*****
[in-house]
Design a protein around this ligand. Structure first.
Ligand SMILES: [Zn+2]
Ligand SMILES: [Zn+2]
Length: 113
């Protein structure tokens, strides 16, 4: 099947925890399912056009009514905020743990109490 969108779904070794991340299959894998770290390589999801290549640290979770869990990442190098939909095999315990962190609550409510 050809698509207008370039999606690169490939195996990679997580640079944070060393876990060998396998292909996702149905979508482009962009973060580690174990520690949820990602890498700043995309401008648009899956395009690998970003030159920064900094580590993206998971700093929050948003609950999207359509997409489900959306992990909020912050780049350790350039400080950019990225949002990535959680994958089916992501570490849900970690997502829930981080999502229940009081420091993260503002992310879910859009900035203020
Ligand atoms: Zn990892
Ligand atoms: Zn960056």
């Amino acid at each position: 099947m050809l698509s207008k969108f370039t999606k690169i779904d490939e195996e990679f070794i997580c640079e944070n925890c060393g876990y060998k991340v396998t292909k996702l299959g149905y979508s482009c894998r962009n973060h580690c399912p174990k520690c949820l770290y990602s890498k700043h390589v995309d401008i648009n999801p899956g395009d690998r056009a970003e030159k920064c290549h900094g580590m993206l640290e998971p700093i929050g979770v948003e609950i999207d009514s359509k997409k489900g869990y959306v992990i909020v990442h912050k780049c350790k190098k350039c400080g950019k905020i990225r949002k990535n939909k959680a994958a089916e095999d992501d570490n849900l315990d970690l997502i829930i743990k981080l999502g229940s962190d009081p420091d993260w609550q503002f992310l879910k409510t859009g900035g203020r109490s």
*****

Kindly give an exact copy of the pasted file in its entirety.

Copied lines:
[in-house]
Design a protein around this ligand. Structure first.
Ligand SMILES: [Zn+2]
Ligand SMILES: [Zn+2]
Length: 113
């Protein structure tokens, strides 16, 4: 099947925890399912056009009514905020743990109490 969108779904070794991340299959894998770290390589999801290549640290979770869990990442190098939909095999315990962190609550409510 050809698509207008370039999606690169490939195996990679997580640079944070060393876990060998396998292909996702149905979508482009962009973060580690174990520690949820990602890498700043995309401008648009899956395009690998970003030159920064900094580590993206998971700093929050948003609950999207359509997409489900959306992990909020912050780049350790350039400080950019990225949002990535959680994958089916992501570490849900970690997502829930981080999502229940009081420091993260503002992310879910859009900035203020
Ligand atoms: Zn990892
Ligand atoms: Zn960056």
């Amino acid at each position: 099947m050809l698509s207008k969108f370039t999606k690169i779904d490939e195996e990679f070794i997580c640079e944070n925890c060393g876990y060998k991340v396998t292909k996702l299959g149905y979508s482009c894998r962009n973060h580690c399912p174990k520690c949820l770290y990602s890498k700043h390589v995309d401008i648009n999801p899956g395009d690998r056009a970003e030159k920064c290549h900094g580590m993206l640290e998971p700093i929050g979770v948003e609950i999207d009514s359509k997409k489900g869990y959306v992990i909020v990442h912050k780049c350790k190098k350039c400080g950019k905020i990225r949002k990535n939909k959680a994958a089916e095999d992501d570490n849900l315990d970690l997502i829930i743990k981080l999502g229940s962190d009081p420091d993260w609550q503002f992310l879910k409510t859009g900035g203020r109490s």